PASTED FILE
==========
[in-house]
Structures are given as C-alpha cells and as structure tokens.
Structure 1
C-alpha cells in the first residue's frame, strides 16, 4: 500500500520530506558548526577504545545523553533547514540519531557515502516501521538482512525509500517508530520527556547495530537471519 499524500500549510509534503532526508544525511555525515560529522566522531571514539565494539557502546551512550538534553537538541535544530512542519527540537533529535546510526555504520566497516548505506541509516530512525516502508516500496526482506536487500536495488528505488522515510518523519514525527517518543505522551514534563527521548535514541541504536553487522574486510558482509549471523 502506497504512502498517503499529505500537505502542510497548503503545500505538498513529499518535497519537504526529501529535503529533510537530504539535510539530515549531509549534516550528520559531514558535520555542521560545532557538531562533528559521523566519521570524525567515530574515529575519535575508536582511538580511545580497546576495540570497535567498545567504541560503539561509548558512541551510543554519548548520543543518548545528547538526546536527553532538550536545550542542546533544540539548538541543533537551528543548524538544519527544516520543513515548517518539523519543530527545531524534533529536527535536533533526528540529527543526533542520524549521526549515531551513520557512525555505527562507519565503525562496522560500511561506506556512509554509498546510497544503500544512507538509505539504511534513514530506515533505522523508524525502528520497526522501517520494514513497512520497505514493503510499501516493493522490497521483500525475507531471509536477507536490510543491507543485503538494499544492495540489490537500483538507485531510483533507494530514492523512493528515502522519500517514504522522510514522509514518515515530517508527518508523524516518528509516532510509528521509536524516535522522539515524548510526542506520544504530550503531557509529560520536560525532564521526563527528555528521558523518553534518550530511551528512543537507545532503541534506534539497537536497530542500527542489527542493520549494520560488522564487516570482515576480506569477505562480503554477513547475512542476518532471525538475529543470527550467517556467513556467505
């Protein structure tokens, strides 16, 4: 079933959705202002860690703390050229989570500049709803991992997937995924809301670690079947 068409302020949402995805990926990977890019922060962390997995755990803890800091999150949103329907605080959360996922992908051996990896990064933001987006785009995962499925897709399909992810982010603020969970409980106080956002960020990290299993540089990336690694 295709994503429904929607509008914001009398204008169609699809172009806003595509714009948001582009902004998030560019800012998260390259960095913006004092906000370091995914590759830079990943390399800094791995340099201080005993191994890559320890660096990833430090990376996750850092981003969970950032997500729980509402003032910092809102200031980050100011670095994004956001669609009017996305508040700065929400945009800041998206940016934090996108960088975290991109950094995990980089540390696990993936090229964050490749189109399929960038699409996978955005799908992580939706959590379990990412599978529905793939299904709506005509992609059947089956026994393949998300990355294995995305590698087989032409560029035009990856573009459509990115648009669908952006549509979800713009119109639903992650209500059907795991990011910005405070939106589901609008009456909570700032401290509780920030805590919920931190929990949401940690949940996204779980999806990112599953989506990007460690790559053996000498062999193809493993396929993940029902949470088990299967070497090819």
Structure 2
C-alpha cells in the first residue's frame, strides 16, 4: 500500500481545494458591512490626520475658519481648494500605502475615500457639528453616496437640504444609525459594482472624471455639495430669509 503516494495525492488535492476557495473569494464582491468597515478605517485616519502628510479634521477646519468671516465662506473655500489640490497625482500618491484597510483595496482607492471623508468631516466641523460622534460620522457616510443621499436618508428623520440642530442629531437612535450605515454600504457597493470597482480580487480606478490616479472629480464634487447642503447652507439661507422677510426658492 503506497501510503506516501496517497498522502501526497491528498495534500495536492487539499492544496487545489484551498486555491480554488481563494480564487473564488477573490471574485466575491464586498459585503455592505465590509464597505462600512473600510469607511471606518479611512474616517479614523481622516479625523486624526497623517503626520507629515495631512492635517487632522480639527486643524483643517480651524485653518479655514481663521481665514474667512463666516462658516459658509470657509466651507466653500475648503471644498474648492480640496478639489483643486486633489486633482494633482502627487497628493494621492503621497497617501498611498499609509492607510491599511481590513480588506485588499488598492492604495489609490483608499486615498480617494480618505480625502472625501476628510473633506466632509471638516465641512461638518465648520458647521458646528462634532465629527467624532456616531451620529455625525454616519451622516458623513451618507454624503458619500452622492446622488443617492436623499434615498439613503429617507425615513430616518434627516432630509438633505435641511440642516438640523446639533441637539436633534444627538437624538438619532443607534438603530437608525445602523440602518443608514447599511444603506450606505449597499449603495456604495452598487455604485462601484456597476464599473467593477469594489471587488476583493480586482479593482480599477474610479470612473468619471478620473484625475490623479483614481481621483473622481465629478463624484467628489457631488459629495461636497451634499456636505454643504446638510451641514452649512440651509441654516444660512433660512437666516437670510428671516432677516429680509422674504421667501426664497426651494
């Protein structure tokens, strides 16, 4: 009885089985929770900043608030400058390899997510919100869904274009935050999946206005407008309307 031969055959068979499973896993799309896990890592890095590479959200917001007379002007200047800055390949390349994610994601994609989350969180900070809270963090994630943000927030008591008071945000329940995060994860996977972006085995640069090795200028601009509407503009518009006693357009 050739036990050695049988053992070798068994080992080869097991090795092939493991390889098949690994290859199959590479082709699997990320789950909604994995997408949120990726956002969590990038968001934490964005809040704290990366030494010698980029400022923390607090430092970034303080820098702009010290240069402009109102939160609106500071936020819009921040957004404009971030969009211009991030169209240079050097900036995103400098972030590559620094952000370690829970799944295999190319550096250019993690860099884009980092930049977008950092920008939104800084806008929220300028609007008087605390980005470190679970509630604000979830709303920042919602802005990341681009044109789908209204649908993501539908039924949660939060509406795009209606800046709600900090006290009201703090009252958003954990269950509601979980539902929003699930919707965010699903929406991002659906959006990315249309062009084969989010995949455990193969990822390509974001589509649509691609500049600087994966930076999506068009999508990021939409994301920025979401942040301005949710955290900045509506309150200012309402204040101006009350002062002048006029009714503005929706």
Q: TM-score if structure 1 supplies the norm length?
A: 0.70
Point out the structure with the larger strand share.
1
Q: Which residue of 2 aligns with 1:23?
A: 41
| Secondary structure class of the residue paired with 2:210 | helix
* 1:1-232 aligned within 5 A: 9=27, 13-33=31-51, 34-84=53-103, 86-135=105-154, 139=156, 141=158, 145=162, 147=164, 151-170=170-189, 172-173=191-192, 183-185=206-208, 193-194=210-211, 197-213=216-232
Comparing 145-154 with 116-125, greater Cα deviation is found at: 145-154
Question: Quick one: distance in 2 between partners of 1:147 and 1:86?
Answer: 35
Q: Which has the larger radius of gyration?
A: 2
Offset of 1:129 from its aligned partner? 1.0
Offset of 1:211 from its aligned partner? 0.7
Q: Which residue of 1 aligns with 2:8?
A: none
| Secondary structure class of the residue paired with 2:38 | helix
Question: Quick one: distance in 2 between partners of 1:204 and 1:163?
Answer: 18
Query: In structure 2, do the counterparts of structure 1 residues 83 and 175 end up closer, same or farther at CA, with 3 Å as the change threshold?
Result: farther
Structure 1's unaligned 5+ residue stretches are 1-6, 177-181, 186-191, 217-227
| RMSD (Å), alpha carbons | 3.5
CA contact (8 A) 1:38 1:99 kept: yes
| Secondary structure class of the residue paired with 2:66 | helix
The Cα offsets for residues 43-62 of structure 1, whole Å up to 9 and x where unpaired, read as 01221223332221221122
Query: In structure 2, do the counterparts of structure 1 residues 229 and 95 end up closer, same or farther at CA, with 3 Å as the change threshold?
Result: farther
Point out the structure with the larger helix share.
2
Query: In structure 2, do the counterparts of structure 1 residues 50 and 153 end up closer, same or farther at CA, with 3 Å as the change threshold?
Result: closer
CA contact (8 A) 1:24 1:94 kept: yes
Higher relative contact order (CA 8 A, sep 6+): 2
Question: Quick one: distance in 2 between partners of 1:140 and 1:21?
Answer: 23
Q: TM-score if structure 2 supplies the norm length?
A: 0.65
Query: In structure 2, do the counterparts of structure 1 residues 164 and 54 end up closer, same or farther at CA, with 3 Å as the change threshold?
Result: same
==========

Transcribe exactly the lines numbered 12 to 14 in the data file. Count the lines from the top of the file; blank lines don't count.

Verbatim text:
1
Q: Which residue of 2 aligns with 1:23?
A: 41